What does all of this mean in terms of public administrators? It means that we need to take some hard looks at the organizations that serve as the gears of government. While we purport democratic ideals, most government organizations are hierarchies, fraught with power dynamics and a structure that is inherently undemocratic. Government agencies need to embrace democratic principle, and actively engage citizens in decision making, goal setting, and process. Those citizens include staff!! Agencies should be developing and practicing processes that bring people together from all levels to make sound decisions to solve shared problems. How can we expect our democracy to survive, let alone thrive, when the millions of people who serve in our local, state, and federal agencies are not engaged in democratic processes, not treated as if their voices matter, not included in decision making? We cannot, and we see everywhere around us the results of this structural failure, in the lack of innovation, in the systemic disenfranchisement of the poor, women, and people of color.

Government, and governmental agencies, must find a way to be of, by, and for the people again. Even the receptionists, techs, and mechanics are people in this democracy, and it is time we treated all citizens as equal. In conference rooms and in community halls, in video meetings and in policy briefings. In a democracy, we should ALL be in the room.

Hiring Practices- Setting the Tone for Innovation

The resume is believed to have been first used in 1482 by Leonardo Da Vinci himself. In a letter to a prospective employer, Leo wrote out an impressive list of his accomplishments and skills and sent it off in an effort to secure a position with the Duke of Milan. In the late 1500’s, Englishman Ralph Agas published a list of his skills in several newspaper ads promoting himself – the first use of media to job search.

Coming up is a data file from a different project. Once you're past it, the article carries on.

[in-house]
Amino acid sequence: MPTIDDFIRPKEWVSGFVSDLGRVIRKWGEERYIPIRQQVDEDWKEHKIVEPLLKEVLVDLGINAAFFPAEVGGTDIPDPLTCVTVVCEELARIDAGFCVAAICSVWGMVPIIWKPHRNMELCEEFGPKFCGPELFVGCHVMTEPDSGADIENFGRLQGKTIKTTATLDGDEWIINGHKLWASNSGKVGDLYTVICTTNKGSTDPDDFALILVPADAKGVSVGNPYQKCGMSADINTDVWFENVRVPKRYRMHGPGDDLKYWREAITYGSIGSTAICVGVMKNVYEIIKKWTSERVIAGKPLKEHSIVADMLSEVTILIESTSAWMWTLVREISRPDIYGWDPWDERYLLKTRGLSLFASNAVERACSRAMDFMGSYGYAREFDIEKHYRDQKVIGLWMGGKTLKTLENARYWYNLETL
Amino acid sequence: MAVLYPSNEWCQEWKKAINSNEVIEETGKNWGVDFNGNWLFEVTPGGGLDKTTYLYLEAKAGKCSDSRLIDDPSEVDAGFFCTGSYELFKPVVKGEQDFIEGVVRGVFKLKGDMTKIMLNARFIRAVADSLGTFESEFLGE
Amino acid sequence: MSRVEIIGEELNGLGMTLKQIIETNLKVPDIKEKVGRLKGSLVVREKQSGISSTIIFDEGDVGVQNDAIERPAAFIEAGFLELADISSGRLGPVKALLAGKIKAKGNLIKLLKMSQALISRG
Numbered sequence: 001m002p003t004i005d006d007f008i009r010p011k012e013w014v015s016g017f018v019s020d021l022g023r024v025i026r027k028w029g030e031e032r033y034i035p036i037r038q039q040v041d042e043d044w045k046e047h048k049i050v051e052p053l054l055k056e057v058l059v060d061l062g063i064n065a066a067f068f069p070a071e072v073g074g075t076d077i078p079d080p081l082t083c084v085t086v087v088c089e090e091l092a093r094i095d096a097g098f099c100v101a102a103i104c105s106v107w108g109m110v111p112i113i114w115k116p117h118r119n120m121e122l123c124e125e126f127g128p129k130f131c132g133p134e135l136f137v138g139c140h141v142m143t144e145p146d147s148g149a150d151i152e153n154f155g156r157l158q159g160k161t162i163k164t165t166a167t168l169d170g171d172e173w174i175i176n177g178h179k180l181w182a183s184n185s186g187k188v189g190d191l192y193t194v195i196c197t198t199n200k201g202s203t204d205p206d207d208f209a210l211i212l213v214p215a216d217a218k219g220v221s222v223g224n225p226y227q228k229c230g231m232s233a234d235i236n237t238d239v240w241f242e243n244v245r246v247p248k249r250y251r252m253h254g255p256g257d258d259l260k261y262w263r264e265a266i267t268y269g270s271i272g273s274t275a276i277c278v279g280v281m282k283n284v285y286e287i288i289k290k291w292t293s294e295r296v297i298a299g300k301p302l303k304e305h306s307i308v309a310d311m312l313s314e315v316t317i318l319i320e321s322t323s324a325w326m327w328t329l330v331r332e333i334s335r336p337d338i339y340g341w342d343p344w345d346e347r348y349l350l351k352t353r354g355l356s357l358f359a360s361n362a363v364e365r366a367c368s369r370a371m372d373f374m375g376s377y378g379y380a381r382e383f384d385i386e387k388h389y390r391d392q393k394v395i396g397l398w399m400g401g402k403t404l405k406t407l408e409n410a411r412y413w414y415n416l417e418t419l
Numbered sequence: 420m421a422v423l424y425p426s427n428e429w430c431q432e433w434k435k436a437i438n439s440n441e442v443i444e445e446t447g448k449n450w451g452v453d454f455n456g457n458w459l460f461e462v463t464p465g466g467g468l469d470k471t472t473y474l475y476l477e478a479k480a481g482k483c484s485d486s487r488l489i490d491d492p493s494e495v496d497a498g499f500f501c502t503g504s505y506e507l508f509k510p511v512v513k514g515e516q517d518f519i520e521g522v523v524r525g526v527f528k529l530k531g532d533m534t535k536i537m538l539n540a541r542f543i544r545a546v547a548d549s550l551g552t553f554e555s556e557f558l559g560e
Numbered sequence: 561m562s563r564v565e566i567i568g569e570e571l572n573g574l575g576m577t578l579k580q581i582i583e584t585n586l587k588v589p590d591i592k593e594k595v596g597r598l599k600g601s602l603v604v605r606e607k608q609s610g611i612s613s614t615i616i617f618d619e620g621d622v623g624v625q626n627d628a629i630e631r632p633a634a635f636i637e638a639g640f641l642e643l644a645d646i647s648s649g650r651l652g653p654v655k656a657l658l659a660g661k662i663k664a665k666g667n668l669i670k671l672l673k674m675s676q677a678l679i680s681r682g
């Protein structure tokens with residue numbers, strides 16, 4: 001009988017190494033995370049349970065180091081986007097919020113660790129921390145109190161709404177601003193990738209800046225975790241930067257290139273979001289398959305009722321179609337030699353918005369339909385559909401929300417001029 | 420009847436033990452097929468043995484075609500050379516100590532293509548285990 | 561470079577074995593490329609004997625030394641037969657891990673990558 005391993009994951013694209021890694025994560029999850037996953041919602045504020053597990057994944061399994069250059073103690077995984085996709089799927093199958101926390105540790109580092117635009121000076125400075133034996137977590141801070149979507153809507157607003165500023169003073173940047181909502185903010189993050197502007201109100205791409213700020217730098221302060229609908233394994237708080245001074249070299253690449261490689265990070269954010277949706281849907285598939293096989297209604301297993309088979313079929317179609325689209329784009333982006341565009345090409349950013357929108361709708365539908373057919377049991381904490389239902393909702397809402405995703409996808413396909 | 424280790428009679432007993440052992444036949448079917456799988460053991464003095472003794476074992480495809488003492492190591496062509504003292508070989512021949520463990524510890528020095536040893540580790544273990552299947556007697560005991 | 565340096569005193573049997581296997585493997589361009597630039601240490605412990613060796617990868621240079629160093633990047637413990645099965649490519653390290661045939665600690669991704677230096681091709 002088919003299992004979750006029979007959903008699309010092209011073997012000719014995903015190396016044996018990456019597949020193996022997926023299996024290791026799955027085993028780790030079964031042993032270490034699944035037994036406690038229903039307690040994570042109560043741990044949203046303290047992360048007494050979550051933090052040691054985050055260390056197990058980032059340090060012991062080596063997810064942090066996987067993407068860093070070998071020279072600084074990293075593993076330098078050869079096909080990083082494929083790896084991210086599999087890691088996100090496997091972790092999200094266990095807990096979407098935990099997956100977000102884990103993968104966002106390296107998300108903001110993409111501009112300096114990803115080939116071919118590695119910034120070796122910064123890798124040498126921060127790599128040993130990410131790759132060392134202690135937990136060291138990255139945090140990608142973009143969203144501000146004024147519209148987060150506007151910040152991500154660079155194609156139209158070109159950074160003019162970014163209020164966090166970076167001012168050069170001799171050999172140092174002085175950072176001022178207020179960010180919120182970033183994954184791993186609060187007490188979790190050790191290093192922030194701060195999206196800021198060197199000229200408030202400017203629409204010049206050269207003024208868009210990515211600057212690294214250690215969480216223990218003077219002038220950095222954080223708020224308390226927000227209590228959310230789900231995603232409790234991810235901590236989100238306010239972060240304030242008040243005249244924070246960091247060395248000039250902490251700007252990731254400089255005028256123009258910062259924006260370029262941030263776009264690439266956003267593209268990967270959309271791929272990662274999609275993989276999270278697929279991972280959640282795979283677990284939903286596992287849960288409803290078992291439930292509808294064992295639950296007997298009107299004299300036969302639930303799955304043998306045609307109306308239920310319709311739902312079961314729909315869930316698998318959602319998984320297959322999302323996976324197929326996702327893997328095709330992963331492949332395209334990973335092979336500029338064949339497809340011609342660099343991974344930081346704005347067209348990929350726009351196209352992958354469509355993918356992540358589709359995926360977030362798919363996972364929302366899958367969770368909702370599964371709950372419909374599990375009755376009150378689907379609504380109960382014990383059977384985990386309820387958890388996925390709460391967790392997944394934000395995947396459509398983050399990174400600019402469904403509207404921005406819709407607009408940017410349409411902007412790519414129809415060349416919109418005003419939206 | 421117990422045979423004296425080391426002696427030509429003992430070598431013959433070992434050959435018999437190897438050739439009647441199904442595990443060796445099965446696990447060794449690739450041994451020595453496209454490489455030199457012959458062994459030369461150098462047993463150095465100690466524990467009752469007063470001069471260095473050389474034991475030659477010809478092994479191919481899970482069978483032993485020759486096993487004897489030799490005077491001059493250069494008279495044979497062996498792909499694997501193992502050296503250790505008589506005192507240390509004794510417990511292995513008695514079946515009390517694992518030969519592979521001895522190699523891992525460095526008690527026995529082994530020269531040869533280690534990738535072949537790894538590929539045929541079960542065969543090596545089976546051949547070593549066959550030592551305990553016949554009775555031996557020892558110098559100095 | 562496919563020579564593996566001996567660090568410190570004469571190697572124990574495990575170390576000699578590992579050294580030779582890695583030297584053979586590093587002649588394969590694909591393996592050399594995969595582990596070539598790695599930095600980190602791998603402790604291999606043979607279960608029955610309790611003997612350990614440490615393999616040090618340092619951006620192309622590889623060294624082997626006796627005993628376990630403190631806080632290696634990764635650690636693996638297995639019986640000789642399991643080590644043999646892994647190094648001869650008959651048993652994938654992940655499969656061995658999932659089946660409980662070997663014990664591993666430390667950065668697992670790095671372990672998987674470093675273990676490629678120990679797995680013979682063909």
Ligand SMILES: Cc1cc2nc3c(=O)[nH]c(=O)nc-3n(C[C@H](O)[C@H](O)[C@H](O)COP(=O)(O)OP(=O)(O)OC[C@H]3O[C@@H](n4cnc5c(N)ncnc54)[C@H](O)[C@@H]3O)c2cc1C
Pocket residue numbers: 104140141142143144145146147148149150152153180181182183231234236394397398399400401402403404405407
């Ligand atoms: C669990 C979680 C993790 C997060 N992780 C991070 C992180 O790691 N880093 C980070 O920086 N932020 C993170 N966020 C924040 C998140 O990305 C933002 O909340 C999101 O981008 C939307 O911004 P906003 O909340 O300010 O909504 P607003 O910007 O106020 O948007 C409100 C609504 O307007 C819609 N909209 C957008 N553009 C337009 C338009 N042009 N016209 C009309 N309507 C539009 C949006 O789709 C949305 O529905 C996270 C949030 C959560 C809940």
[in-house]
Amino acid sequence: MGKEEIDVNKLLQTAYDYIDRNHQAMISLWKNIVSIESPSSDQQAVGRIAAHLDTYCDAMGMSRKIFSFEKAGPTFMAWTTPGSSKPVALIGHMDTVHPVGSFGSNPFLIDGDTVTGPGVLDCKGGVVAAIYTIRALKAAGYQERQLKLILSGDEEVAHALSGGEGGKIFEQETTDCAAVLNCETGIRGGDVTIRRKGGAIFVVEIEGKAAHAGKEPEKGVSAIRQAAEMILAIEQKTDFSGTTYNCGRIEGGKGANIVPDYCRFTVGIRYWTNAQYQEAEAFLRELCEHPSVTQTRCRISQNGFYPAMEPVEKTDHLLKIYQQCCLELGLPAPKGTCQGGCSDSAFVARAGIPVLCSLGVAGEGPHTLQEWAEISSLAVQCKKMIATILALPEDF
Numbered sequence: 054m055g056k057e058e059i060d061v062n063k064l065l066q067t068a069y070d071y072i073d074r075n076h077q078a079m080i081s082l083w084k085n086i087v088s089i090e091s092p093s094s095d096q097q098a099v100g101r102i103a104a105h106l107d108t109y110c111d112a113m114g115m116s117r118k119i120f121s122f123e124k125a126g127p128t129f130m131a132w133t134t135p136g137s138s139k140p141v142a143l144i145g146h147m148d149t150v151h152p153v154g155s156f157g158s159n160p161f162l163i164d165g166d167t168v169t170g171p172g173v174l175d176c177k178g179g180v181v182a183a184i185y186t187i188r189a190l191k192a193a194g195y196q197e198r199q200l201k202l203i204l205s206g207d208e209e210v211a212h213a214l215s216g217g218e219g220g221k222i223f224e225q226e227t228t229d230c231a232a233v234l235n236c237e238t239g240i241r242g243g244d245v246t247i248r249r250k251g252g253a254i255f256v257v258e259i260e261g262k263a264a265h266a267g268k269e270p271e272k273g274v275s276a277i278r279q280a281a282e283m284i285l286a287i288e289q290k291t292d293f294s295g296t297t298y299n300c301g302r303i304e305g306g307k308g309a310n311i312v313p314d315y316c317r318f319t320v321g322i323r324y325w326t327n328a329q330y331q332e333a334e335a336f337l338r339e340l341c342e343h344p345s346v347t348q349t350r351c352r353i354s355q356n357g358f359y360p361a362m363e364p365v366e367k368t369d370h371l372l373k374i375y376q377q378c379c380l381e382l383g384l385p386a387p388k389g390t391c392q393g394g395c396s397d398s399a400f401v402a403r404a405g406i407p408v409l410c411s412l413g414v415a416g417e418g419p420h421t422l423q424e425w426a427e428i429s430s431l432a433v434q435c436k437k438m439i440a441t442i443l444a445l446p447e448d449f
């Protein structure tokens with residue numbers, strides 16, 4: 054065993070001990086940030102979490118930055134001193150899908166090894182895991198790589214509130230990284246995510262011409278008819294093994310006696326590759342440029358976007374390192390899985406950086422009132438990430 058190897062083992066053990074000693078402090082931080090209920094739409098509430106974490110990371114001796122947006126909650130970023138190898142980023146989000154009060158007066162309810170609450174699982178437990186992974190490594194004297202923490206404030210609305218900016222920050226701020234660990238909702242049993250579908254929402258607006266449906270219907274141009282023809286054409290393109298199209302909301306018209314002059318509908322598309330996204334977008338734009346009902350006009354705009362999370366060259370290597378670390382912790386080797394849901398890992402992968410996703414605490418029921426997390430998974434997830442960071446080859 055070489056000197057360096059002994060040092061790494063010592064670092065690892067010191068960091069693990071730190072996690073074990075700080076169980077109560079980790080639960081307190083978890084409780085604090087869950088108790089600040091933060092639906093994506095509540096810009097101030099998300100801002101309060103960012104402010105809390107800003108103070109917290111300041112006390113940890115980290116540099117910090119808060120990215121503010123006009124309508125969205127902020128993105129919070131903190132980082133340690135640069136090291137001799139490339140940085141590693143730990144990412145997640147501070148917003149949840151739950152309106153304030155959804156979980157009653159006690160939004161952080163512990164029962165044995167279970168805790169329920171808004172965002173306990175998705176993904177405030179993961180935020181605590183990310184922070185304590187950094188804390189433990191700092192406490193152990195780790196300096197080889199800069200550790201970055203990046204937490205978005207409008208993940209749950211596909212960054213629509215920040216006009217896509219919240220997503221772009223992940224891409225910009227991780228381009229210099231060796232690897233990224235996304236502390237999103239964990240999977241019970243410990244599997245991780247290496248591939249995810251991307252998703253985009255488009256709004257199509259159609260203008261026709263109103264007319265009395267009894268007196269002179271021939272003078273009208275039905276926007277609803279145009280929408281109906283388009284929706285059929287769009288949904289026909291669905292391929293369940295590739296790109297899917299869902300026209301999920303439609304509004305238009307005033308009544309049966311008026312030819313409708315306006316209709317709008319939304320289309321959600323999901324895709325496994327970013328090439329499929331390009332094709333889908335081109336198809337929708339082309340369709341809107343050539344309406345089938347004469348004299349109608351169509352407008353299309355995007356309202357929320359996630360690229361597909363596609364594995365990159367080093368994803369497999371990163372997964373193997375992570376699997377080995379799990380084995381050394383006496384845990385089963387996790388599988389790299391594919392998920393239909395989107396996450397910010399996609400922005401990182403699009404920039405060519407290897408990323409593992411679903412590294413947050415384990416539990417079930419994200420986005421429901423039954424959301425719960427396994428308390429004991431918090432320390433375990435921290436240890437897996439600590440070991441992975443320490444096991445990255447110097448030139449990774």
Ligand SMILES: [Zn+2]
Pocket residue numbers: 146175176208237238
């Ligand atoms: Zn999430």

Since the 1950’s, the resume has been an integral part of the hiring process for most fields – a great resume gets you an interview is the common conception. While the formatting has changed (typewriters & computers make a difference), the substantive content of the resume has remained virtually the same for almost 70 years despite the huge changes in the world, workforce, and needs of organizations. And the key elements of the resume, experience and education, are no longer the most important factors in successfully finding employees who love their work and are dedicated to their agency.

Acknowledging this is more important in public administration than anywhere else. Careers in public administration are based on a desire to help the world, to do good work, and to be a public servant. No resume can tell a recruiter how positive a person is to be around, or how passionate they are about the work they do. Tim Stevens, author of Fairness Is Overrated: And 51 Other Leadership Principles to Revolutionize Your Workplace, says education and experience are what a company should care about least.